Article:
Dr. John Hunt, Research Faculty,
Like us, people have been drawn to the Monterey Bay region for thousands of years, and have found a variety of ways to make a living using the area's abundant natural resources. Since the mid-1800s, many human activities have introduced materials into streams, estuaries, and the coastal ocean, often with negative impacts on aquatic ecosystems. As the primary economic activities have shifted from logging and mining to agriculture and residential development, the suite of potentially harmful substances has changed, along with the types of biological effects observed. Eroded sediment and heavy metals from early forestry and mining operations caused impacts that were not systematically measured. The agricultural and commercial use of organochlorine pesticides, such as DDT, from World War II to the early 1970s resulted in their continuing presence in soils, aquatic organisms, and fish-eating birds and wildlife. Over the past three decades, a substantial public investment in wastewater treatment has greatly reduced problems related to sewage and industrial effluents. However, increased residential and commercial use of pesticides and nutrients threaten streams and estuaries near urban areas, as does runoff from some types of agricultural operations. Most recently, personal care products, pharmaceuticals, and similar compounds have been implicated in adverse biological impacts related to the disruption of endocrine systems in aquatic organisms.
This presentation traces three timelines related to water pollution around Monterey Bay: the changing focus of economic activity; changes in population size, land use, and development; and changes in research and monitoring activities that measure pollutant loads and their biological impacts. Many of these monitoring activities show long-term trends, while others highlight specific risks. It is clear from the available data that polluters are no longer just rogue industrialists in black hats, but also people like us whose household products find their way into the aquatic ecosystems we strive to protect.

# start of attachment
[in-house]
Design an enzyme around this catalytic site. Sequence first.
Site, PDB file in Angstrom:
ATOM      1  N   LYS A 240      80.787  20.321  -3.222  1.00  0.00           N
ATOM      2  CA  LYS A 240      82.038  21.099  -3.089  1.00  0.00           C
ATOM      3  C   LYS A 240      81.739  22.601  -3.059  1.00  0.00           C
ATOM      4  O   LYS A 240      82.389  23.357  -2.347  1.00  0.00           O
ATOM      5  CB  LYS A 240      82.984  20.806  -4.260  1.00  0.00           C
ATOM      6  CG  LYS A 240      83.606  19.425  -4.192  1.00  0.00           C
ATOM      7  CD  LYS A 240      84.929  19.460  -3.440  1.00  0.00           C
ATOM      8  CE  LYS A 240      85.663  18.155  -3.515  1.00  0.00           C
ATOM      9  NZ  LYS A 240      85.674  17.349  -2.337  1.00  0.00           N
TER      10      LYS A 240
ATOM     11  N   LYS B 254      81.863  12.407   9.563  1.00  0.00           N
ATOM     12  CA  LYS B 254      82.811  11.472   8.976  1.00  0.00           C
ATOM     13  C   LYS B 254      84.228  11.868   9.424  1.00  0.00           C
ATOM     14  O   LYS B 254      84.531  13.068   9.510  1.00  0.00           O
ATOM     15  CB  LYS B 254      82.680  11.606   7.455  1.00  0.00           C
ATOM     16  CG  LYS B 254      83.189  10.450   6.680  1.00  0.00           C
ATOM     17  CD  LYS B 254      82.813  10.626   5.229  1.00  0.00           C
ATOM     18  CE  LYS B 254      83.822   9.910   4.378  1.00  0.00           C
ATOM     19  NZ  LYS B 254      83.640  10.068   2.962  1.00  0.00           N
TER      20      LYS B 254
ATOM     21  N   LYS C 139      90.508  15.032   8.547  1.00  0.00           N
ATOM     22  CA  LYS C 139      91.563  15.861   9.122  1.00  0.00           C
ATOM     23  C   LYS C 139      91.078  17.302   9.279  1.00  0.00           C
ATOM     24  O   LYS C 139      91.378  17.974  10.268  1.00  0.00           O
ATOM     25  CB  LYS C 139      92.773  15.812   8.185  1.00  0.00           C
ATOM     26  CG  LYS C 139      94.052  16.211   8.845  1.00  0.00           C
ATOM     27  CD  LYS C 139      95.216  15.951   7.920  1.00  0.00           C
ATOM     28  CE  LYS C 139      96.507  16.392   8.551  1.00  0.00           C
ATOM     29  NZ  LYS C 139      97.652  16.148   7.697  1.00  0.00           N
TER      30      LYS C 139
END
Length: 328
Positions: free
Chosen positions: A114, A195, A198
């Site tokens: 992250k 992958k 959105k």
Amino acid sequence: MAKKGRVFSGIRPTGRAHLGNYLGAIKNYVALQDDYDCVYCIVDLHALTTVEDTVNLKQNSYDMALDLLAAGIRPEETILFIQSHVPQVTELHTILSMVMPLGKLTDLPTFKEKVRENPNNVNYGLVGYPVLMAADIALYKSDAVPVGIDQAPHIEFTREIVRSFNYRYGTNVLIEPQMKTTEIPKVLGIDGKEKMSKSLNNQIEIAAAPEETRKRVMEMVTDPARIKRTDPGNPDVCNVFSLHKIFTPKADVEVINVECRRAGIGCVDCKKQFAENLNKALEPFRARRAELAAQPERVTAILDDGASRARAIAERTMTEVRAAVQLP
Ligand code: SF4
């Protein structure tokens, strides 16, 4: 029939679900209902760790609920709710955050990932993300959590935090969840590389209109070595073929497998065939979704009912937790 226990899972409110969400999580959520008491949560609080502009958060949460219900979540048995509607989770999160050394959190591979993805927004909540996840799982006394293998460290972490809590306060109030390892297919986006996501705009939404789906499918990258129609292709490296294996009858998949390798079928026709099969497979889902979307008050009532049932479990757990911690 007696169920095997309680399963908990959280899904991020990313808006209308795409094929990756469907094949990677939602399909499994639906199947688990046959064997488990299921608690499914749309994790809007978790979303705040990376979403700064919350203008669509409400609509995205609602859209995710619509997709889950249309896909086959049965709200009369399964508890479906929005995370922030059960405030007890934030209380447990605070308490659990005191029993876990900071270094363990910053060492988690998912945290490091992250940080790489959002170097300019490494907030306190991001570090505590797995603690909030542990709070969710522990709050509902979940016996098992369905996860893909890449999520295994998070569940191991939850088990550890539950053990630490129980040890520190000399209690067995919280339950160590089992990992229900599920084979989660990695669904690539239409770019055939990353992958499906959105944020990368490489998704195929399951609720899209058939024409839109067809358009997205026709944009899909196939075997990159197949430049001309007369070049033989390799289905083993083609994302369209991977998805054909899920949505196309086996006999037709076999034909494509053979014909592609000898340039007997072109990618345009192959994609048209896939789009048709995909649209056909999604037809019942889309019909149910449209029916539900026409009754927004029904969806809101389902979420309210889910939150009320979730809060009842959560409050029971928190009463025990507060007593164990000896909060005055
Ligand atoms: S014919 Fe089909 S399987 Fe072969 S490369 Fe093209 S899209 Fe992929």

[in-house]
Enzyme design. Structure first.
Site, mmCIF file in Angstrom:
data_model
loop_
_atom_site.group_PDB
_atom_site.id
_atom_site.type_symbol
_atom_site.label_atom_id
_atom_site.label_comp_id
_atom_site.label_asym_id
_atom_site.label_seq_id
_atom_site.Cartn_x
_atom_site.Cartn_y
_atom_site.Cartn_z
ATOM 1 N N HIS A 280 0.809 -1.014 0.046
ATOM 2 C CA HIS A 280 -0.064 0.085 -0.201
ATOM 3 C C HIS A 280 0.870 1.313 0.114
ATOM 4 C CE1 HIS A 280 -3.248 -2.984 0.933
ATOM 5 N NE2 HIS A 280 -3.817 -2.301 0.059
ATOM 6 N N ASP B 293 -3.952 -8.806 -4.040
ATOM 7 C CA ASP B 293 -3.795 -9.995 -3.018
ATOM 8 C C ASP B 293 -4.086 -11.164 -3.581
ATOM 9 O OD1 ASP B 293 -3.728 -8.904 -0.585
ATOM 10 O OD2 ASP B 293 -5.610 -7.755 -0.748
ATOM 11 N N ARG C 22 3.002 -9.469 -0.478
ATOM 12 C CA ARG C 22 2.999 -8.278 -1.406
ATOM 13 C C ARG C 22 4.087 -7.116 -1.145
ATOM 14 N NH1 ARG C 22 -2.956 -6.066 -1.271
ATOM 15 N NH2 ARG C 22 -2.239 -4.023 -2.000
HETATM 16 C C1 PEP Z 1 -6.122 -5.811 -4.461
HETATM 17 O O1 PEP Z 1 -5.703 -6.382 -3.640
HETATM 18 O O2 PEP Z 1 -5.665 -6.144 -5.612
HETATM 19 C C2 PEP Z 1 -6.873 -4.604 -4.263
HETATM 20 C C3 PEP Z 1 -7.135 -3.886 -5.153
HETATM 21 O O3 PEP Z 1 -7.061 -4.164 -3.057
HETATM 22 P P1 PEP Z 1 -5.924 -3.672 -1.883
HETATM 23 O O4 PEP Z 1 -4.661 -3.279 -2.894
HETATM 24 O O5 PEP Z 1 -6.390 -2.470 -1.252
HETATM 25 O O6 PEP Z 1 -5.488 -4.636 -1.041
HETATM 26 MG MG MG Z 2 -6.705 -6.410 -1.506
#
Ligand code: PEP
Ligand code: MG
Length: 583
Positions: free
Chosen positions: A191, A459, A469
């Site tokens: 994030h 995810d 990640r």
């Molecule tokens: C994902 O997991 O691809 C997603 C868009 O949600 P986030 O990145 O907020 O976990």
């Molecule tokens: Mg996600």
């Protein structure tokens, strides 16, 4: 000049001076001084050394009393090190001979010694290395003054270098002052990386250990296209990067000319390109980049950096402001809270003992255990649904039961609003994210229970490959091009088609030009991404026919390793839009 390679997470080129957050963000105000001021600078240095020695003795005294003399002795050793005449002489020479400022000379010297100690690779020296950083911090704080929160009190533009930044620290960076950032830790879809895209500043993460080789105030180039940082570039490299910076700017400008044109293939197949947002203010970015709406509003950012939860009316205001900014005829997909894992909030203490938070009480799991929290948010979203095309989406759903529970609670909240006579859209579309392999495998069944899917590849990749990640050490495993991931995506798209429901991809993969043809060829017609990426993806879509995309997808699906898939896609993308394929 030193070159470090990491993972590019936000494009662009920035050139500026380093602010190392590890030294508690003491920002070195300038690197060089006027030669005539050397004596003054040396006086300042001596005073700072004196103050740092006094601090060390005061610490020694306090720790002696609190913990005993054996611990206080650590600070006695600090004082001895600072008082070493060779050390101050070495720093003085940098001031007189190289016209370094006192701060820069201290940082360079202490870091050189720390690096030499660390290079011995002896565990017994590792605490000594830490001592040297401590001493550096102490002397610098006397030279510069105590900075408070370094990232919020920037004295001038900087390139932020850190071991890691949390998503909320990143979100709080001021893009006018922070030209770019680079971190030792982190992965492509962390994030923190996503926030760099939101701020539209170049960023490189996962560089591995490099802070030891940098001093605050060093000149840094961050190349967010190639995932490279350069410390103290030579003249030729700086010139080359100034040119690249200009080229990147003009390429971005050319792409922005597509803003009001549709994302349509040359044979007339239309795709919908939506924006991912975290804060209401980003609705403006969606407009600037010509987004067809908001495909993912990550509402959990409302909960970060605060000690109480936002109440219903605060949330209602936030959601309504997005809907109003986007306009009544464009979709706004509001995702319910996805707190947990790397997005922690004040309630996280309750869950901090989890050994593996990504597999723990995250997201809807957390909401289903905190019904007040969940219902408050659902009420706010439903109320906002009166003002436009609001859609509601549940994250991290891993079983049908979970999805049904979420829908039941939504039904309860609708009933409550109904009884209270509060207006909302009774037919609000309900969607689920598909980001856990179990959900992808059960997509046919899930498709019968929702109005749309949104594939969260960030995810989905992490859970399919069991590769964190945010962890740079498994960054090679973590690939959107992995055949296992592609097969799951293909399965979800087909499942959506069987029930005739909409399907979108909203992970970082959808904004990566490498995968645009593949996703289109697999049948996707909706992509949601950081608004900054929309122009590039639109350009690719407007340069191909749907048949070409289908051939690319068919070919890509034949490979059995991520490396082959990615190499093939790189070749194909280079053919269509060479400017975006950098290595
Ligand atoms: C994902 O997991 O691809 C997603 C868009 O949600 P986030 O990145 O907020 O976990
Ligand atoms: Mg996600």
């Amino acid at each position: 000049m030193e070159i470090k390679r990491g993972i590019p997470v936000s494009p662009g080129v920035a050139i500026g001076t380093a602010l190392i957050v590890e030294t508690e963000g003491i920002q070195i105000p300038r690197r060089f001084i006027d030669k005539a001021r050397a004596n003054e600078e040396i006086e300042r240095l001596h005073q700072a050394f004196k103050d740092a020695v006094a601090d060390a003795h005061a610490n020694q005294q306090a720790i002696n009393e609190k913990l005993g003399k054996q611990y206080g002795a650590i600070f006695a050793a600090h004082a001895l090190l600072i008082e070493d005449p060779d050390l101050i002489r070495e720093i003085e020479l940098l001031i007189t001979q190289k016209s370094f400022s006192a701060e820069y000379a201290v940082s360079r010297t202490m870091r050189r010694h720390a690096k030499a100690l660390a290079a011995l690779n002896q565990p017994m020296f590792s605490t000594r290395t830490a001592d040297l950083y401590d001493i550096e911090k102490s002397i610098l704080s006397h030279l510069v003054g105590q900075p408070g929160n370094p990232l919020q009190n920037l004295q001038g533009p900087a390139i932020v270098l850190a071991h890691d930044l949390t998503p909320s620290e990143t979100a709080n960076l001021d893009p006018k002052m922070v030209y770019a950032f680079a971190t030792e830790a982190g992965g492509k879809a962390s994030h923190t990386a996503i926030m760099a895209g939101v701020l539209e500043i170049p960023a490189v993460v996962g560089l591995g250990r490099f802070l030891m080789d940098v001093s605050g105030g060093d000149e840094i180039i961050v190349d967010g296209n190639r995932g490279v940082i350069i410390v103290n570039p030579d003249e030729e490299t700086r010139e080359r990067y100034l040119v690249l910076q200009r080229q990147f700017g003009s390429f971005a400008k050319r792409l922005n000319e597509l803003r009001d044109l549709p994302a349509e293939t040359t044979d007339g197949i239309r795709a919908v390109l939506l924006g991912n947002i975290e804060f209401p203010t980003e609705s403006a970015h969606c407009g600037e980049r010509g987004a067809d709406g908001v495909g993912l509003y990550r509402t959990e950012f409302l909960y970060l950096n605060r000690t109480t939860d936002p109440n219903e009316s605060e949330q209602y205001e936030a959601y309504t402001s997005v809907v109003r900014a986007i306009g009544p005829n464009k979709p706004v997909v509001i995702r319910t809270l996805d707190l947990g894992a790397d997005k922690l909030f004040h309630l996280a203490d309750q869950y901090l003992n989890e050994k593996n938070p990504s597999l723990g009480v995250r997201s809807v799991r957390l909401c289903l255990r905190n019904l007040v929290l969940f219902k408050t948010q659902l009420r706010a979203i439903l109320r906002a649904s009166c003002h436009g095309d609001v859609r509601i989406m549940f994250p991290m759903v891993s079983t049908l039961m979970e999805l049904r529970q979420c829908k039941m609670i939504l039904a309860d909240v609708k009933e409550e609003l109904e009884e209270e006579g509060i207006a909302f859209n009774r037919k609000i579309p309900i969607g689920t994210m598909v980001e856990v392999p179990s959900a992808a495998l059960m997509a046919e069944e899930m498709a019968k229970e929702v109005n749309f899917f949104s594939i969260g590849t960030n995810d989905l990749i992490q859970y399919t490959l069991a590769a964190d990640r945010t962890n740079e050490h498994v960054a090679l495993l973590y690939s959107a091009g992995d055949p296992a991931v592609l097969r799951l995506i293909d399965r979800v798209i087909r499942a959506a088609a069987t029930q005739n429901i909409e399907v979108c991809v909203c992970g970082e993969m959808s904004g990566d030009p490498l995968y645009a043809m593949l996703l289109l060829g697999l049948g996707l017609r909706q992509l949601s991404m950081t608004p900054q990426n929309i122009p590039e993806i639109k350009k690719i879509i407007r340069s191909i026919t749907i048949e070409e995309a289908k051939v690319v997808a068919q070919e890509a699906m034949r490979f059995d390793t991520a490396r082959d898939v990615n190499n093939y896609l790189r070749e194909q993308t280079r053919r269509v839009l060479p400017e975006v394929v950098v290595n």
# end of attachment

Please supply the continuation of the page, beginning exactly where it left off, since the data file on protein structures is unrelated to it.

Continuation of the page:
Meg Caldwell, Executive Director,
The Pacific Ocean faces myriad pressures that threaten the health of offshore and coastal ecosystems; observed declines in ecosystem health threaten ocean resources upon which people rely. Recently, over 400 scientists from around the world signed a consensus statement identifying the four primary threats to the health of the Pacific Ocean: (1) overfishing and exploitation, (2) habitat destruction, (3) pollution, and (4) climate change. This talk links the major threats facing the Pacific Ocean as a whole to observed impacts in Monterey Bay and suggests approaches to address threats. Coupling effective mitigation with promising management strategies offers hope for the future of the Sanctuary and other regions of the world’s largest ocean.